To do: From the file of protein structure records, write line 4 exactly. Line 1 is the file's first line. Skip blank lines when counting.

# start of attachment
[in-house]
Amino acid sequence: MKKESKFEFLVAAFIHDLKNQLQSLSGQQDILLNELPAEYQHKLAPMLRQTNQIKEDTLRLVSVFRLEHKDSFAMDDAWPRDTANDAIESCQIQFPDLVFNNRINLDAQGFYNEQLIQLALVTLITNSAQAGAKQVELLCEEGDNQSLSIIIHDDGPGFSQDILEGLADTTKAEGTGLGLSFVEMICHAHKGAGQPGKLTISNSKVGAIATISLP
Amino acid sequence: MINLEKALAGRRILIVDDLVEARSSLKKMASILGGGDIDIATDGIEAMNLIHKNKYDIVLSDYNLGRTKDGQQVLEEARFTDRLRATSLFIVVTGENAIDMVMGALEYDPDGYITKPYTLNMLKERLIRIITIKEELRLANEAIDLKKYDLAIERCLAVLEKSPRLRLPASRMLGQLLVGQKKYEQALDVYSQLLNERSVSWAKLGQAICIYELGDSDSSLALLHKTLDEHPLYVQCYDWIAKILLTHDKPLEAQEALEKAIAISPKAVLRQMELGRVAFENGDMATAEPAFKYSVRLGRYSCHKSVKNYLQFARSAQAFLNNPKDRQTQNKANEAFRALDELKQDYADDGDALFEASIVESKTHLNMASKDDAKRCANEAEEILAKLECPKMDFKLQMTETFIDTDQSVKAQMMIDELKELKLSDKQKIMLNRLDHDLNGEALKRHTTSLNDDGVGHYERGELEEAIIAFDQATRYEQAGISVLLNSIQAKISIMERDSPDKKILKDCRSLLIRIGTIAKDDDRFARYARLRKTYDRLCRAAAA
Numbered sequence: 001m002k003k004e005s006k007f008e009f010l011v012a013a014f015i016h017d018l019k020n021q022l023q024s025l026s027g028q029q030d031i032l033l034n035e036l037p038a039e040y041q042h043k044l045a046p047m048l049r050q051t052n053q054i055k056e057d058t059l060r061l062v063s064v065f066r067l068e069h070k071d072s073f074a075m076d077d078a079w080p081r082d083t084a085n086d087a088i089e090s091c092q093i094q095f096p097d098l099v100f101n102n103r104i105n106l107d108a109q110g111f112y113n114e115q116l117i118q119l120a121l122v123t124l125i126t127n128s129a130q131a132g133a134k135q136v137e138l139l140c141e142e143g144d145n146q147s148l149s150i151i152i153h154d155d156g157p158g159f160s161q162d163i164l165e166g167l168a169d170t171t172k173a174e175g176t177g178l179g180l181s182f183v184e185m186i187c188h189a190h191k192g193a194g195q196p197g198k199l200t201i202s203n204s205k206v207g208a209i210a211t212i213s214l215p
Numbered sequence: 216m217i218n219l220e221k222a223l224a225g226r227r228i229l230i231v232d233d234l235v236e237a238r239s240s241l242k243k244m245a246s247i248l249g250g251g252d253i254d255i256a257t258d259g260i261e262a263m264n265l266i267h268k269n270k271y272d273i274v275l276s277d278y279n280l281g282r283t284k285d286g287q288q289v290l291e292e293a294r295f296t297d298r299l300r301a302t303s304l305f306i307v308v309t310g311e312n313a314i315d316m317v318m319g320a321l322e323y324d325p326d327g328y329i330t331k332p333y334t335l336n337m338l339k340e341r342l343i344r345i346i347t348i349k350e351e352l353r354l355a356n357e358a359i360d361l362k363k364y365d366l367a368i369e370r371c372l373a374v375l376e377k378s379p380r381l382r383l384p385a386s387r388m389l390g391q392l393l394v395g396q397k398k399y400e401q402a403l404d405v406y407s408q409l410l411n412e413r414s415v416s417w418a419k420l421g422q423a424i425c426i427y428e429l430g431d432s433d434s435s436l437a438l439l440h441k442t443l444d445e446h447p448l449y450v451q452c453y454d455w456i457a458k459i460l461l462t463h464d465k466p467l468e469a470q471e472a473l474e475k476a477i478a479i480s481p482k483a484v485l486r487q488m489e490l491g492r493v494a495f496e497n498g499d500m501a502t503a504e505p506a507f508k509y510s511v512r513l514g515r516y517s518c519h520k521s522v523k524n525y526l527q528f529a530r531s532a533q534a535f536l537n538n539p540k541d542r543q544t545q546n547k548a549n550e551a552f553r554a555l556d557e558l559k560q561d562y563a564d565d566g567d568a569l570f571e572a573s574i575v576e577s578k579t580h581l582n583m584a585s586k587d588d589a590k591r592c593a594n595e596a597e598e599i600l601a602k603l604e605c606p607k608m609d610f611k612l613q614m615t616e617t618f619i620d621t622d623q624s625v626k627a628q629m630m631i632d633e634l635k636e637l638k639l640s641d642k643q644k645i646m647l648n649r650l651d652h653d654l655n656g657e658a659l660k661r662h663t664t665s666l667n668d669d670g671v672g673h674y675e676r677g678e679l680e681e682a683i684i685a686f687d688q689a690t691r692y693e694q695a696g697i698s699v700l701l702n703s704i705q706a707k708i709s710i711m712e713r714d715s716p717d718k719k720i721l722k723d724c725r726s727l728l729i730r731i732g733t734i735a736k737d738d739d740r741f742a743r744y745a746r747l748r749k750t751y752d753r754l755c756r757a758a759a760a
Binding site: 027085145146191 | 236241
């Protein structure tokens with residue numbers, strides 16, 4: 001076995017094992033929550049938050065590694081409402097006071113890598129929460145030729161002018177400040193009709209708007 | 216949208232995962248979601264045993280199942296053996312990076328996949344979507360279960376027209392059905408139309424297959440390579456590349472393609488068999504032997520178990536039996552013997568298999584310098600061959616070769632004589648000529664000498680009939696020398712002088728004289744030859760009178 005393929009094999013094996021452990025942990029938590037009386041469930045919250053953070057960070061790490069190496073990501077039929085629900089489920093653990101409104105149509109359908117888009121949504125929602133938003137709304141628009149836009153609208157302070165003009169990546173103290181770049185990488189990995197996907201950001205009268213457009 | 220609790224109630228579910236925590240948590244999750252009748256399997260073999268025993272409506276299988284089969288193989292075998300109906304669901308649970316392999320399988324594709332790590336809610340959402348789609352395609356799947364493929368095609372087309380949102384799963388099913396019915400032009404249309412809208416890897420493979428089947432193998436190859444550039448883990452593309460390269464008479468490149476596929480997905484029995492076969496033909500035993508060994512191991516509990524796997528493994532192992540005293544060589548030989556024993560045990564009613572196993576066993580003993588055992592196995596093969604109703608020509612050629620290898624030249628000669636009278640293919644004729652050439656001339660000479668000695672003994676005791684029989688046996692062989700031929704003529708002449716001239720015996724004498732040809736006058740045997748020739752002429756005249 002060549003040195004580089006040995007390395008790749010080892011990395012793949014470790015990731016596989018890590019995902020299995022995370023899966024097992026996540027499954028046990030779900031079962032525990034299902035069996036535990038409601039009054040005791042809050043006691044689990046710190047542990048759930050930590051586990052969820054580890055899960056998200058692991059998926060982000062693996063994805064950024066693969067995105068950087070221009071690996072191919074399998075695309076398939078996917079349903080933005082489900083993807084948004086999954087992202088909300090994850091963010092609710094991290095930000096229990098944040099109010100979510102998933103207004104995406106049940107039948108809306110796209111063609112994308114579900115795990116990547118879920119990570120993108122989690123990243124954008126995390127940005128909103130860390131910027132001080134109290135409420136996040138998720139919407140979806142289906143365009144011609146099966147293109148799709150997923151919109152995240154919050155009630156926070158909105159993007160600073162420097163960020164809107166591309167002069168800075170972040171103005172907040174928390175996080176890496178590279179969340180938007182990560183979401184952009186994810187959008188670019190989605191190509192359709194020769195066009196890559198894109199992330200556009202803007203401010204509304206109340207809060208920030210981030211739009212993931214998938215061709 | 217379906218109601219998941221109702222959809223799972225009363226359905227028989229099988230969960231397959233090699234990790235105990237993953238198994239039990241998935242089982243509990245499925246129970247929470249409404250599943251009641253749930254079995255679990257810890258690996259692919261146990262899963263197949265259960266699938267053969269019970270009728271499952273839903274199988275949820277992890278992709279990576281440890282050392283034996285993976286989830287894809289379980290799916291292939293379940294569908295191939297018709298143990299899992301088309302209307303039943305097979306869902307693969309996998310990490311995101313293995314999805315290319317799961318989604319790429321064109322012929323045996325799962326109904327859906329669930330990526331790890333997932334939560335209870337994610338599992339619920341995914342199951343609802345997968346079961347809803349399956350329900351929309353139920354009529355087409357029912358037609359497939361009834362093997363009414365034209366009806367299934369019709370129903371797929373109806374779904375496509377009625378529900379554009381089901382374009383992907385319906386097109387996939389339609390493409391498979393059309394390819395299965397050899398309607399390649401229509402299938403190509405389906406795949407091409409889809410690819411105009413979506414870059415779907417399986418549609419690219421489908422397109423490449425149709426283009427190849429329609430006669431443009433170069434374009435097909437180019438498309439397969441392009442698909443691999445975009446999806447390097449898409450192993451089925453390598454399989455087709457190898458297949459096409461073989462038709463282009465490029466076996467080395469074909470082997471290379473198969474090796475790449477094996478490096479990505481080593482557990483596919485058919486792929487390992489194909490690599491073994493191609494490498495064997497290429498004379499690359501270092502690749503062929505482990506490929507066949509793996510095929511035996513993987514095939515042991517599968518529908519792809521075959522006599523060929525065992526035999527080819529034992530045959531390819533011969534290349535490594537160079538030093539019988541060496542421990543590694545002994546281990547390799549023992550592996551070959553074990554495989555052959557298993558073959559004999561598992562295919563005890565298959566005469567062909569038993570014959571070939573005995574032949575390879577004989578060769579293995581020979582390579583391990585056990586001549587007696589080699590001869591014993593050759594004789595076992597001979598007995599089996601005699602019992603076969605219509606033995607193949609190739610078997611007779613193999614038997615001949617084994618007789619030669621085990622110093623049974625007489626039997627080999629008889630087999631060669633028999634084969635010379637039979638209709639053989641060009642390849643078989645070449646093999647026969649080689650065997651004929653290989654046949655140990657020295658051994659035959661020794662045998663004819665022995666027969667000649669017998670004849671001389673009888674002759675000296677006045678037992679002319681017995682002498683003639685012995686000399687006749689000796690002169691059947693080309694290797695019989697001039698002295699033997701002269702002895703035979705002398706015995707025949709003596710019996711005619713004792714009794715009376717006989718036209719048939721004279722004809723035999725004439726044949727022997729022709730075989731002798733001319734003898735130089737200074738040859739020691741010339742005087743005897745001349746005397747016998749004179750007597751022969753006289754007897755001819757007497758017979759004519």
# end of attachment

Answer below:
Numbered sequence: 001m002k003k004e005s006k007f008e009f010l011v012a013a014f015i016h017d018l019k020n021q022l023q024s025l026s027g028q029q030d031i032l033l034n035e036l037p038a039e040y041q042h043k044l045a046p047m048l049r050q051t052n053q054i055k056e057d058t059l060r061l062v063s064v065f066r067l068e069h070k071d072s073f074a075m076d077d078a079w080p081r082d083t084a085n086d087a088i089e090s091c092q093i094q095f096p097d098l099v100f101n102n103r104i105n106l107d108a109q110g111f112y113n114e115q116l117i118q119l120a121l122v123t124l125i126t127n128s129a130q131a132g133a134k135q136v137e138l139l140c141e142e143g144d145n146q147s148l149s150i151i152i153h154d155d156g157p158g159f160s161q162d163i164l165e166g167l168a169d170t171t172k173a174e175g176t177g178l179g180l181s182f183v184e185m186i187c188h189a190h191k192g193a194g195q196p197g198k199l200t201i202s203n204s205k206v207g208a209i210a211t212i213s214l215p